Wednesday, August 15, 2007

More Russian History

This is another very good article on Russian intellectual history (via arts and letters daily):

"Isaiah Berlin declared that Russia possessed "thinkers, but not eminent philosophers." Chamberlain rightly blames his singular prestige for the notion that all such thinkers amounted to mere "magi of the steppes." To be sure, she notes, Russian philosophy largely eschews systematic approaches. And Pyotr Chaadaev (1794-1856) famously deemed Russians "rather careless about what was true and what was false." But Russian philosophy also displays distinctive assets along its anti-Cartesian, pro-Pascalian path.

It's always engagé, fiercely concerned with the communal welfare of Russia, even as it favors the individual's personal dignity and autonomy. Russian philosophy's chief problem is "how to reconcile individuality with selflessness." It is notoriously nonacademic, doable by novelists, journalists, or priests. It ponders the "good" or "rounded" person, how he or she ought to live, and resembles a kind of moral calling or "springboard to immediate practical action" on the part of justice-seekers who believe in "adapting truth to hope." (Chamberlain argues that this bent continued till the end of the Soviet Union.) No wonder Czar Nicholas I ordered all philosophy departments shut down in 1826.

At its core, as in Dostoyevsky's novels, Russian philosophy skews counter-Enlightenment and idealist, looking like "a branch of German philosophy" in its infatuation with Kant and Hegel. It's highly skeptical of an instrumentalist, technocrat approach to life that scants emotion and spontaneity. (Berdyaev ordained rationalism "the original sin of almost all European philosophy.") In a peculiarly Russian way, it anticipates the ever-present possibility of chaos in human life. Moreover, it's congenitally unable to separate itself from Orthodox Christian mysticism, except when it swings the opposite way to Western, utopian, scientific reason (which played out in both the liberal humanism of Alexander Herzen and Lenin's ruthless police state). It is always impassioned about ideas, as in Belinsky's famous rebuke of Turgenev, reproduced in Tom Stoppard's play The Coast of Utopia: "We haven't yet solved the problem of God, and you want to eat!""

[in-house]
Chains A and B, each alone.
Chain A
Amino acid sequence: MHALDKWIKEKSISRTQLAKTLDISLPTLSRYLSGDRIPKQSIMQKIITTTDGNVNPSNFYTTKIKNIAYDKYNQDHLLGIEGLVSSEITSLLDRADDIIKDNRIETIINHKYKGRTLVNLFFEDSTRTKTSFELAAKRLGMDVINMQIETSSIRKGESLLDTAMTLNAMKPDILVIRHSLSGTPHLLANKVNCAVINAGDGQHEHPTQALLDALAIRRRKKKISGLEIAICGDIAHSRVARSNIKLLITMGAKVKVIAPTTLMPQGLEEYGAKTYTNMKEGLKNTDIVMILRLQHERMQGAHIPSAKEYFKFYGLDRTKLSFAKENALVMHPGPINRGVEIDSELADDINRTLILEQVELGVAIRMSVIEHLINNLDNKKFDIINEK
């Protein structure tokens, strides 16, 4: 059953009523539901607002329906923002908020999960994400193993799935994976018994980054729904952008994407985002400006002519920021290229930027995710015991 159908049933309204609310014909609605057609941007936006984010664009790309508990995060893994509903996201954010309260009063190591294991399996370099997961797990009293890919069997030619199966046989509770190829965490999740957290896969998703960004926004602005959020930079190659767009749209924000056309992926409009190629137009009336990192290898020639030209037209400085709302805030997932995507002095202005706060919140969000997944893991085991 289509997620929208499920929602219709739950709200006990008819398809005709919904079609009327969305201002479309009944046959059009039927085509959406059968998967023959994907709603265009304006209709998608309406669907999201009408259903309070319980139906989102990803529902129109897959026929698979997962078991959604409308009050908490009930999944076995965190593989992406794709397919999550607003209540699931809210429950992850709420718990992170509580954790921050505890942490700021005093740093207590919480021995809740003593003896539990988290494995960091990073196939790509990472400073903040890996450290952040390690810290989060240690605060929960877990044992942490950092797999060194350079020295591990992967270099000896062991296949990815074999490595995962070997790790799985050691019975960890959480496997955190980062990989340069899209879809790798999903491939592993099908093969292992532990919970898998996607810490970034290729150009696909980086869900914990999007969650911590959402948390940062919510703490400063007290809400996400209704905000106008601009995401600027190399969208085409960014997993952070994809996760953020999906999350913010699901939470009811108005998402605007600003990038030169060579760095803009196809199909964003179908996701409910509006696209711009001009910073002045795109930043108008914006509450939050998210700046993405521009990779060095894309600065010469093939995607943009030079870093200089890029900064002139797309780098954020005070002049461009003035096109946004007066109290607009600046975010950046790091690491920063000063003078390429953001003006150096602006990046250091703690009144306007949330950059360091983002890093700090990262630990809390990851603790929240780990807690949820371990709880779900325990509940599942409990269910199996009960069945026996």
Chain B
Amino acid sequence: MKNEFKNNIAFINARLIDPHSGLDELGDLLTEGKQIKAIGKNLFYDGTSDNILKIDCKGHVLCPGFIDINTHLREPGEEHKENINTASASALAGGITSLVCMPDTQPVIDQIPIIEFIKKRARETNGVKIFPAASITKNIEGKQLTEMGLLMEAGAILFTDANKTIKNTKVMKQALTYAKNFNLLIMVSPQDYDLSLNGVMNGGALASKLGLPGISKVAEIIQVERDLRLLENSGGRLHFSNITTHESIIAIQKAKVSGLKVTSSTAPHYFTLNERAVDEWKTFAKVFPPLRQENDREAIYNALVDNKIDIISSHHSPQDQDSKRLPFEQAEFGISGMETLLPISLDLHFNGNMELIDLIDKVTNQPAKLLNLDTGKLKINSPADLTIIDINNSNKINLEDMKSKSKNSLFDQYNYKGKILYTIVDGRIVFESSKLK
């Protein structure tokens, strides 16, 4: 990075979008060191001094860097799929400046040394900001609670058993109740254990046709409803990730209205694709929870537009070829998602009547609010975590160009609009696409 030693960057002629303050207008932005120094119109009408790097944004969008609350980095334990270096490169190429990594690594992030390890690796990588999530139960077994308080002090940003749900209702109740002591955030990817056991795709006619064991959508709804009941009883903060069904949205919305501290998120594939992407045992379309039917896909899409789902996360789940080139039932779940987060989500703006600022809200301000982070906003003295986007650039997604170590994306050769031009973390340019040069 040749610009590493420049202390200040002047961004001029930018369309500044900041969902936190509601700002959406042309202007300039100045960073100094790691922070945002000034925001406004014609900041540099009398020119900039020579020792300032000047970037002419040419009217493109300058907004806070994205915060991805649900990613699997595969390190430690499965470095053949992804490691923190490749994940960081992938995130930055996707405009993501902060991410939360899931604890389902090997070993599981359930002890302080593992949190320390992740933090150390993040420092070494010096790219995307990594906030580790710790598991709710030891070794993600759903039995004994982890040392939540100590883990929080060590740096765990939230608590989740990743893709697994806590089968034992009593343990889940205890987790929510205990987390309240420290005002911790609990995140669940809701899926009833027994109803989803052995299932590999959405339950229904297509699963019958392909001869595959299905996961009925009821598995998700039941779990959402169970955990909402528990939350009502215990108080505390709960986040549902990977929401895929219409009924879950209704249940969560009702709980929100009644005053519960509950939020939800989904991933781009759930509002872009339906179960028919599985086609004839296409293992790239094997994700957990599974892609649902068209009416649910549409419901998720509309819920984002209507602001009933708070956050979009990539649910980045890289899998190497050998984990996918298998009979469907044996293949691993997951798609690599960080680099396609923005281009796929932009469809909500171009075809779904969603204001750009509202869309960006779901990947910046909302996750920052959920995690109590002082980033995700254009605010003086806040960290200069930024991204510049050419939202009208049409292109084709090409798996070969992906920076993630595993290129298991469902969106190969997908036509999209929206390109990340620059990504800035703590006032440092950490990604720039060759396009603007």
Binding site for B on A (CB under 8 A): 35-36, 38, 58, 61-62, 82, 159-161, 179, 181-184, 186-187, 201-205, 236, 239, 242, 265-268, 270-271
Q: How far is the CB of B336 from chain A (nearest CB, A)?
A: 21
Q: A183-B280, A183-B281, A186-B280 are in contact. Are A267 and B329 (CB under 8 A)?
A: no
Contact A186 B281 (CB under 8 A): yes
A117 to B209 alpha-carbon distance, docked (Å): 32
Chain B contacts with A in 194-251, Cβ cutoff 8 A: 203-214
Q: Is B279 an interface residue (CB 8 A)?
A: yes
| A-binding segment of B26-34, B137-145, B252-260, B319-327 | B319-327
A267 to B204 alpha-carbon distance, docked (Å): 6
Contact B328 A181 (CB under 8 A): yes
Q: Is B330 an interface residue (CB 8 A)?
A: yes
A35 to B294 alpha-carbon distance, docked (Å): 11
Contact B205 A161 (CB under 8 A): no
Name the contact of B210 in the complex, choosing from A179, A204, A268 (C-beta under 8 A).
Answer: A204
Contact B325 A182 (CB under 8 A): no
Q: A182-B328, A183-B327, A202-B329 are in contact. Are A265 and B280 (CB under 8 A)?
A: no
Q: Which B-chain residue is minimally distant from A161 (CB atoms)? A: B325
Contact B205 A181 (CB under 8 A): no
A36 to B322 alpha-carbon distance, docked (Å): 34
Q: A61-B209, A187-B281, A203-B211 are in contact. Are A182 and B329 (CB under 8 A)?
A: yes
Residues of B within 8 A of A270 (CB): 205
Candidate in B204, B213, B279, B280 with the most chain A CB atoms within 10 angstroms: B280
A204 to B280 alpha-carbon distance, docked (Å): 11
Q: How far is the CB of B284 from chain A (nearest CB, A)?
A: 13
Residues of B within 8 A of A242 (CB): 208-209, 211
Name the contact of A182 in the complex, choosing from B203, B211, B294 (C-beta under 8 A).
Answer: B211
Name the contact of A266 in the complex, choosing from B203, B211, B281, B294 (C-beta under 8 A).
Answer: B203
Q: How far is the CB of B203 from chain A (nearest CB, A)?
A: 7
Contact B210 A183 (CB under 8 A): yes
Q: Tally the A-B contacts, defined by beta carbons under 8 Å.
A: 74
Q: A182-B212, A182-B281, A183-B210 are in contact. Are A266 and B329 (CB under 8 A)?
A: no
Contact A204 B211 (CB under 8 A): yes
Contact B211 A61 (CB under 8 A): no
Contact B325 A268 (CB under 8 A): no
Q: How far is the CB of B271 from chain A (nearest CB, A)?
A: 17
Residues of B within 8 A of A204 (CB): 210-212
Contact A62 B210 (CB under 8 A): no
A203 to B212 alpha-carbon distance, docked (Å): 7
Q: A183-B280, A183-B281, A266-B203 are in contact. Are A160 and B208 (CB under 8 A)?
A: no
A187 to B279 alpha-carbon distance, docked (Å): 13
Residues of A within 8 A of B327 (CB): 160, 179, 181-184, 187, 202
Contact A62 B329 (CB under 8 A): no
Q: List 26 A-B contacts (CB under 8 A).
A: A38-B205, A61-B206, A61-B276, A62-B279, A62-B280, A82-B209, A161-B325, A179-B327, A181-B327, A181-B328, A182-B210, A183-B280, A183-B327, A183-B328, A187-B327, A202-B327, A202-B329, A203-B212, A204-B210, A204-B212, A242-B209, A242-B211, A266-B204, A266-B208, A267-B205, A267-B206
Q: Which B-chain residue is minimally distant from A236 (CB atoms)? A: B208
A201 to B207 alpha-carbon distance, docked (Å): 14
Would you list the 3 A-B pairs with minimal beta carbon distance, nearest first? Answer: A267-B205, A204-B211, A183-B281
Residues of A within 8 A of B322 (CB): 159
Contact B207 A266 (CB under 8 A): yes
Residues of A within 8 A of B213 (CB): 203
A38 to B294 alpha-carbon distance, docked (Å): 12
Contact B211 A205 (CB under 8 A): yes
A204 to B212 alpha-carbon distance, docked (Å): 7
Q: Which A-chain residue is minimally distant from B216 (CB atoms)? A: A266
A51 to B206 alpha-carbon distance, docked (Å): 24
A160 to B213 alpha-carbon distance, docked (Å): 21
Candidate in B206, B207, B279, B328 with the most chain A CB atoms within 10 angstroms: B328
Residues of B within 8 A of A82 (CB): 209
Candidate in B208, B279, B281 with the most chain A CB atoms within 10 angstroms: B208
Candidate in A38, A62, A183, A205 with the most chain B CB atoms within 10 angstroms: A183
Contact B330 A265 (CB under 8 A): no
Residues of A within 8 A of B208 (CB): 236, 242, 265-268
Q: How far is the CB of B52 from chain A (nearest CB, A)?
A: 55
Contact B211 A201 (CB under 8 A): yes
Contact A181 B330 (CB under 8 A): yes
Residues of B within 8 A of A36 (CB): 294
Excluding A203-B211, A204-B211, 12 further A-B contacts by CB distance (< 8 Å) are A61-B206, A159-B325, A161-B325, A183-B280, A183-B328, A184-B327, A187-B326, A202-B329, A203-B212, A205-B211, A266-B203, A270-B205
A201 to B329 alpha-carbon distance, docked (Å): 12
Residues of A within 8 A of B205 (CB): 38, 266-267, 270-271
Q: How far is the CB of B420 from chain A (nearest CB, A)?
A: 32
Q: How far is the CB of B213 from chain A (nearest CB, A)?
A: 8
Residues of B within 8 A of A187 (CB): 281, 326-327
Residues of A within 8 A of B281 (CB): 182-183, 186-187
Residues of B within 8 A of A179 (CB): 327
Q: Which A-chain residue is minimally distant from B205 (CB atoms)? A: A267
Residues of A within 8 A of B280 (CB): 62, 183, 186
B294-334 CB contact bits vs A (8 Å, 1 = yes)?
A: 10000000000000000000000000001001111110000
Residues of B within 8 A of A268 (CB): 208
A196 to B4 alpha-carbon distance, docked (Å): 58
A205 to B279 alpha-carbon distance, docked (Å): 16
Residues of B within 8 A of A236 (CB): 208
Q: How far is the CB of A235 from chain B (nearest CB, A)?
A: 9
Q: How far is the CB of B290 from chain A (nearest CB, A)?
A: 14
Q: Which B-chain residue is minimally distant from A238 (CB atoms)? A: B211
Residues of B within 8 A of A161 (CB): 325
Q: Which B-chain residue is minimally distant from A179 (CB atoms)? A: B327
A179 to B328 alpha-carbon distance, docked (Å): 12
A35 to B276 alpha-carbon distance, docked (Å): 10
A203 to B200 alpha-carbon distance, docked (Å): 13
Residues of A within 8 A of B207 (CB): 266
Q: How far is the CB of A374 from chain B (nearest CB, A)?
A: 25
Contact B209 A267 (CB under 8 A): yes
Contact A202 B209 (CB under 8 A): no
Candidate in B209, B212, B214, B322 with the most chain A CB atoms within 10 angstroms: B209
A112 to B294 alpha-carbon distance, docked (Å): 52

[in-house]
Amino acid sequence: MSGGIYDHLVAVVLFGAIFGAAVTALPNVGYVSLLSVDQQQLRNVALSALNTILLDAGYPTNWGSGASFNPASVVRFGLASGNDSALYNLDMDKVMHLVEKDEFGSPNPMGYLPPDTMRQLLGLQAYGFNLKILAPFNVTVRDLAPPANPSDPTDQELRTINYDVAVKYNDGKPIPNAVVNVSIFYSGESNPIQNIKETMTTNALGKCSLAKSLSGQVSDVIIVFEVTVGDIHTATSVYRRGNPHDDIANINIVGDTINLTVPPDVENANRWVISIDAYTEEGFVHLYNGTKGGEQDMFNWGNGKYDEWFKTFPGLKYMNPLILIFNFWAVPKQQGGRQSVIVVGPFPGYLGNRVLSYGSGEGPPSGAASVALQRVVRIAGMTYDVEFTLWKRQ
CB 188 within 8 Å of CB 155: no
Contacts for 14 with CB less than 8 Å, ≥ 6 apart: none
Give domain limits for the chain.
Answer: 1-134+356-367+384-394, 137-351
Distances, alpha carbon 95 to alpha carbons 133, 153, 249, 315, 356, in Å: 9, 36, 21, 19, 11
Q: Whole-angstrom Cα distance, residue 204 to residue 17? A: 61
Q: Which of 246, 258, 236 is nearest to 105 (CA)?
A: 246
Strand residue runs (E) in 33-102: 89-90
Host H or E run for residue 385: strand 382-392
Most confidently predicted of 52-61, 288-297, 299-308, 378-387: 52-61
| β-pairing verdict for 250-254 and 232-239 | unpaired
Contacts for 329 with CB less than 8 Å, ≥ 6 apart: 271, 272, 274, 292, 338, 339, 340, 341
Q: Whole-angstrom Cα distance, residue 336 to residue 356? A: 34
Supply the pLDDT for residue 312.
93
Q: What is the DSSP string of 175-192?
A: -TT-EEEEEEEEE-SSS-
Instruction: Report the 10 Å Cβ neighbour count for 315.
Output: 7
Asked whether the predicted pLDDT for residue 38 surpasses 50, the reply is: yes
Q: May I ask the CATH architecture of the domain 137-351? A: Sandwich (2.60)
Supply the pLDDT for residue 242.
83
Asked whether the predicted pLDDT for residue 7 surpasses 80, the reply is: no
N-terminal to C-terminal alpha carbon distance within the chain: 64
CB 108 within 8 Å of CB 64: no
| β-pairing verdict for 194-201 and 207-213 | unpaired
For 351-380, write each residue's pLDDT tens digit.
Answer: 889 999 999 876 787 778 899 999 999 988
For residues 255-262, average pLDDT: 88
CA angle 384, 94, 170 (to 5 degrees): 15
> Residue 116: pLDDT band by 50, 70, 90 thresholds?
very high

KUBLA KHAN said...

Have you read Camus' The Rebel? it is one of the most passionately, artistic and well written essay on revolt, rebellion. in it, there is a chapter called the grand inquisitors. as you know well, this is from karamazov. camus traces the history of western rebellion at least to a great extent to russian ideas, with Dostoevsky leading the front.

I agree with you entirely about the Russian preoccupation with morality, God etc.however, kantian, hegelian influences, while appearing different have not persuaded modern European philosophers to expund the same old Hegelian dialectic, leading to mass destruction and new holocausts. the marriage of Greek myth with pseudokantian philosophy has not led to any new solutions.
I prefer russian cogitations to neo-imperial philosophy though Russia has always been one big grand inquisitor. that is so sad.

Alok said...

yes i have read The Rebel. I agree it is a fantastic essay. Other than Karamazov I also liked his analysis of Milton's Satan and Marquis de Sade. It is a great book though I haven't read it in a long time.

these weren't exactly my views, i just excerpted these from the articles I linked too. but yes it does point out the basic anti-rational (anti-enlightenment) strain in German philosophy from which the Russians got all their inspiration. Also their obsessive preoccupation with abstractions, theories and ideas for their own sake, which led to so much tragedy and suffering...

The best expert on this german-russian history of ideas is Isaiah Berlin. His essays collected in Russian Thinkers, Against the Current and Enemies of Human Liberty are really worth reading.

KUBLA KHAN said...

yes, I have recently read the Berlin books you mentioned. they are neatly written. in the mainstream, people won't agree with Berlin. Voltaire, for instance is considered a giant of philosophy but how puny he is!

enlightenment....and irrationality perhaps go together. we are witnesses to recent carnages in Europe.And yet, non kantian, non Greek thought is considered sluggish. quote camus....( stress the word EVEN....Even oriental philosophers w'd sometimes say....he writes in his NOCES!)

Russian undercurrents are a mix of yes religion but also politics and disbelief. this produces riches and gives us a Karamazov.

btw....Tarkovsky.....i dont see many posts on him by yourself.....

I hope you dont mind my comments sometimes. "thoughts of a dry brain in a dry season."

Alok said...

no no comments are always welcome. many times they are more insightful than the post itself....

Tarkovsky... hmm yes haven't mentioned him much on the blog but I do like him a lot. Specially Solaris, Stalker and The Mirror. I think the only film that I haven't seen yet is The Sacrifice. But having said that my interests are more in psychology, specially those directors who are willing to venture into darker corners of human consciousness and subjectivity.

I also liked your post on Stalker a lot. Didn't comment because I had nothing special to say!